Originally, the title of this blog referred to communication “trends,” but what we’re seeing here at Zang would be better described as needs than trends.
In business, customer attitudes evolve, the workplace transforms, and technology progresses rapidly, leaving organizations in a state of constant adaptation. Along with all of that come new sets of needs. Suddenly, scattered workers need ways to connect, when walking down the hall isn’t always possible. Customer service managers need to keep pace with customers, who prefer to interact with businesses on their own terms, in a variety of ways. Keeping up with demands like these is a necessity—the business world’s version of “survival of the fittest.”
Finding solutions to communication needs is what Zang is all about. Our robust application programming interfaces (APIs) have helped many businesses to meet their needs, as have the APIs of numerous other companies across all industries. APIs, too, are changing, to meet the latest demands of businesses on the move, and they’re now seen as strategically important for growth. Along the way, this explosive growth of the API economy has also exposed a few basic truths about the human race: 1) We want what we want, the way we want it. 2) We know a good thing when we see it.
There’s an API for that
We may need solutions, but—needs aside—we want only the solution that’s right for us.
Higher customer expectations are driving a lot of change recently, creating new needs for external communication methods. For example, one business we’ve talked with recently wants to up its game by implementing callbacks using SMS for its contact center agents. Rather than keeping callers waiting on the phone, the company wants to offer customers the option to have their place in line “saved” so they can hang up and attend to other things. When their turn is approaching, they’ll receive a text message notification. This service will show that the business cares about its customers, which will pay dividends down the line.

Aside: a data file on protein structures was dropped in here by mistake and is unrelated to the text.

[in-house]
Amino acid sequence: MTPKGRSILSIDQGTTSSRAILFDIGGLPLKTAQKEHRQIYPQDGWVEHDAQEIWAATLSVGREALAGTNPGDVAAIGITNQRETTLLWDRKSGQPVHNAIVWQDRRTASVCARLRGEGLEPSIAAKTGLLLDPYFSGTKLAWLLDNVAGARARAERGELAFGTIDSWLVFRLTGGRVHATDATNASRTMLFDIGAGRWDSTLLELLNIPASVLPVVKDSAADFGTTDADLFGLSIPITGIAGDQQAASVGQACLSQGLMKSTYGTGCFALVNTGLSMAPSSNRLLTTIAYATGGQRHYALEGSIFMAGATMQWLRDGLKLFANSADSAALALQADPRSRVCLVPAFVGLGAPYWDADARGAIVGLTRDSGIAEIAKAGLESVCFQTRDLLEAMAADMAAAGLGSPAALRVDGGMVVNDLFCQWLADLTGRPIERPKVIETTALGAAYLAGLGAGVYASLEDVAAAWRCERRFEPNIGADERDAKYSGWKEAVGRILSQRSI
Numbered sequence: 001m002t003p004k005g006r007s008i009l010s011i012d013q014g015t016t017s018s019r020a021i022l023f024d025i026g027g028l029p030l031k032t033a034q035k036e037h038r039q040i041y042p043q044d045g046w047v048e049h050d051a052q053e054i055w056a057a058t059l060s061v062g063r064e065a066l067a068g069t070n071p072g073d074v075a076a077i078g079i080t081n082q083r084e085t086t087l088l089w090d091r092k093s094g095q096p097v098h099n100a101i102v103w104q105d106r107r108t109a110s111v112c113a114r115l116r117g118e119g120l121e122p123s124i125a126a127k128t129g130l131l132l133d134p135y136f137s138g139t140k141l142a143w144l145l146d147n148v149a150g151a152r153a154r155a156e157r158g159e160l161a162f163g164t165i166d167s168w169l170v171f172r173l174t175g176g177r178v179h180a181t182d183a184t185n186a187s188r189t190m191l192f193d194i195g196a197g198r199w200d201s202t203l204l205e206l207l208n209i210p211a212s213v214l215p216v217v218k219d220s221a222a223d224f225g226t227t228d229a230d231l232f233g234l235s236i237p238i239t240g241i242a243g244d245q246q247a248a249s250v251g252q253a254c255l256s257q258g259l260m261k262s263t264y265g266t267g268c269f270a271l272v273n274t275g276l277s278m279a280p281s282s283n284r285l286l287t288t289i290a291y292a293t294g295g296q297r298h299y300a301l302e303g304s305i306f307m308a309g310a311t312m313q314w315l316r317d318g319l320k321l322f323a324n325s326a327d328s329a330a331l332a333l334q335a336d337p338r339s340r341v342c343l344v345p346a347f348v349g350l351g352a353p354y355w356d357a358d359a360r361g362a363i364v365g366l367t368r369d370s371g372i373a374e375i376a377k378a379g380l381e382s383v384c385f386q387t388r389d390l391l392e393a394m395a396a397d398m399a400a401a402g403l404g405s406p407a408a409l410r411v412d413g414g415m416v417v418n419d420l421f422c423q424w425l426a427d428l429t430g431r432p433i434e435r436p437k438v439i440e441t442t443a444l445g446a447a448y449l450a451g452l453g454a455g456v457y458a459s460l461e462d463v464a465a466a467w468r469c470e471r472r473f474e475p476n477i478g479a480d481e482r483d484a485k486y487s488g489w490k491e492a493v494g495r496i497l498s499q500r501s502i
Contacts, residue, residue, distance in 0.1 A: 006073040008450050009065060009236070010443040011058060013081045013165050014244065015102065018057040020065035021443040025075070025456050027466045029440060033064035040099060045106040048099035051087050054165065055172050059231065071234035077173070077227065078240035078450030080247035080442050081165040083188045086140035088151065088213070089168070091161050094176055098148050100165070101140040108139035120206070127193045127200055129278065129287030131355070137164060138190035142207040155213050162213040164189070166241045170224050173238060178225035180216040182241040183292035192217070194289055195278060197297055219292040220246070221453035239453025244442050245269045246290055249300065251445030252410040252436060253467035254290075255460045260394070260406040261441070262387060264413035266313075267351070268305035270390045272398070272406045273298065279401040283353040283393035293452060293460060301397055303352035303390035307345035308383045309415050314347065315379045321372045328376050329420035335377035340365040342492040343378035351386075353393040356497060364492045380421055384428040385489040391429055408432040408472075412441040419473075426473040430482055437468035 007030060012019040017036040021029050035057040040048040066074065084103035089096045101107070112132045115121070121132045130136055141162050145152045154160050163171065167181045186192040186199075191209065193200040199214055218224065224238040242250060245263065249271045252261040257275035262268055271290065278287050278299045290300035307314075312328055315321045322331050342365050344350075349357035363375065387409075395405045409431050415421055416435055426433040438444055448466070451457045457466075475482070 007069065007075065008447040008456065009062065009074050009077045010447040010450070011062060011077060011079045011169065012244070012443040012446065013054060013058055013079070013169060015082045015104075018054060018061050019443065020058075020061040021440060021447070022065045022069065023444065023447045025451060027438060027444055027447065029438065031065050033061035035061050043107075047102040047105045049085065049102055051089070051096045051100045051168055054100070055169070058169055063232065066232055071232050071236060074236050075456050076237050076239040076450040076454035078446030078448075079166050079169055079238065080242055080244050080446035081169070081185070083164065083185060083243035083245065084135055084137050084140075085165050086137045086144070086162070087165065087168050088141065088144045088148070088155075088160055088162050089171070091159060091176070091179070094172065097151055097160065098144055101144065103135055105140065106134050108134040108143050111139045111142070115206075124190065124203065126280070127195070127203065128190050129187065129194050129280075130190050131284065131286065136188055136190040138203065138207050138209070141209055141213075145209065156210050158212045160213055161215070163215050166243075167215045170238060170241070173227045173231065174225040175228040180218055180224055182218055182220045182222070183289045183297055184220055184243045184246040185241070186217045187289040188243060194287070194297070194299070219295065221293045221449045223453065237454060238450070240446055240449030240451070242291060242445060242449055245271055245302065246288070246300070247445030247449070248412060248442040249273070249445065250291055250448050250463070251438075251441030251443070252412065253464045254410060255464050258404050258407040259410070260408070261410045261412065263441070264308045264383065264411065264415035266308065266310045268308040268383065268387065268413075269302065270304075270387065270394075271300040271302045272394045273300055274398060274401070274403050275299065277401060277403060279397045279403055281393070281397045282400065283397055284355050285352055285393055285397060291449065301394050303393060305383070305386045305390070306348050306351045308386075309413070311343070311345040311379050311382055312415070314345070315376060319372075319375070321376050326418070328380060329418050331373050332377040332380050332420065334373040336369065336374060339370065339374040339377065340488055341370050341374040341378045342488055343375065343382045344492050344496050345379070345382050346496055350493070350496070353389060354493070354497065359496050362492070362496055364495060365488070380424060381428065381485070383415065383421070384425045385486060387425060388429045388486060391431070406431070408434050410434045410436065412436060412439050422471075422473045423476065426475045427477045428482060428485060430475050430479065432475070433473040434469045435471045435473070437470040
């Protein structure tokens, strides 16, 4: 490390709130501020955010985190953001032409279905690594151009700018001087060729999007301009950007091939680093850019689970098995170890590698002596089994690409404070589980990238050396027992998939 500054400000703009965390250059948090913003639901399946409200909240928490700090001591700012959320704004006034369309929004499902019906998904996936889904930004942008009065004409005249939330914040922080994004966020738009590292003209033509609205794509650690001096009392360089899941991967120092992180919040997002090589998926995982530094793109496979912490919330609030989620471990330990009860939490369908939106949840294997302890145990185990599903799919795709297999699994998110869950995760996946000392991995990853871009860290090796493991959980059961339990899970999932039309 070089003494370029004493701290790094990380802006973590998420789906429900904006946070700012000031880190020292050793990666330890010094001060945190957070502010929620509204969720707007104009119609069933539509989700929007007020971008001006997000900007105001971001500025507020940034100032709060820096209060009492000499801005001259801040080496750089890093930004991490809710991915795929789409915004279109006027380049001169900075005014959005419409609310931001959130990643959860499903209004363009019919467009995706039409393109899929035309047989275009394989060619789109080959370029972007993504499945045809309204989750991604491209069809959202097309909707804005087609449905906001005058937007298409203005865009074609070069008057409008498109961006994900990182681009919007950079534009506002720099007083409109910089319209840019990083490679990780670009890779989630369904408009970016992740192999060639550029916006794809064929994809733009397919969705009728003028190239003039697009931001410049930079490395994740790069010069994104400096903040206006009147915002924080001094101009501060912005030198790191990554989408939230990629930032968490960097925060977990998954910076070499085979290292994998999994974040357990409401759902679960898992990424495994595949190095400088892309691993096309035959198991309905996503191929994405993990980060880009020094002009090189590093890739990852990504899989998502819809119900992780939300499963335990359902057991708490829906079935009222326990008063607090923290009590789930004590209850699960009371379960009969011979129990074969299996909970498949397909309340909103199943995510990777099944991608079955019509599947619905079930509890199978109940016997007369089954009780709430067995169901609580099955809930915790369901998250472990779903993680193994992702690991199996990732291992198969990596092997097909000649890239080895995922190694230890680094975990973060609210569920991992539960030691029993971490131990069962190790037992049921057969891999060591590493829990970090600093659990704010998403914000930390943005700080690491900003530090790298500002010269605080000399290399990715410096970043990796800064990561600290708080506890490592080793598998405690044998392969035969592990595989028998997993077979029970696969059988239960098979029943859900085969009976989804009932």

This is a great idea, but the technology to put it in place isn’t readily available on the market, and that’s where Zang comes in. Now, we’re working together to create a custom app that will give this company exactly what it needs. Similar scenarios are playing out everywhere. APIs are now building blocks for personalization. It used to be that businesses had to settle, making themselves fit a particular solution. That meant petitioning software developers—adding your voice to a litany of others on relevant Internet forums—hoping they would add features in the next product release that might address your specific issues.
Today, apps are infinitely customizable, addressing any possible needs you can think of, thanks to the API economy; no settling needed. And more than likely, those needs will change in an instant, but so can your app.
The new API mentality
The real magic of APIs happens as a result of companies working together to create a seamless experience for the customer. Businesses that are willing to provide access to select data reap rewards in more ways than one. This realization has turned the API from what used to be merely underground software code into the foundation of a thriving business model.
Certainly there are monetary benefits to be had. Amazon and Salesforce are just two examples of businesses that have generated substantial revenues from making select APIs available. On the other side, many APIs, like Zang’s, offer a “pay as you go” model, allowing businesses to pay for only what they use—a great advantage for growing companies.
But the benefits aren’t just monetary. Sharing an API extends a company’s reach beyond its usual borders, increasing brand exposure; it also reduces the development and sales cycles. A business owner who builds SMS interaction into workflow processes can either force people to buy an expensive software system—which means generating sales leads, identifying qualified prospects and negotiating a deal—or unlock the product’s functionality and, if it’s worth its salt, generate revenue without even trying.
The design process for applications is falling in line with this mentality, too, considering the needs of potential users (developers) ahead of everything else—to the point where APIs are transforming from just an “extra” to a company’s main offering.
Without a doubt, the API economy is poised to dramatically affect traditional business models. As it evolves, you can be sure of one thing: It will continue to fulfill our needs as quickly as those needs change.
Read more on the Zang communication development platform from Mo in this article recapping his talk in Ireland last month.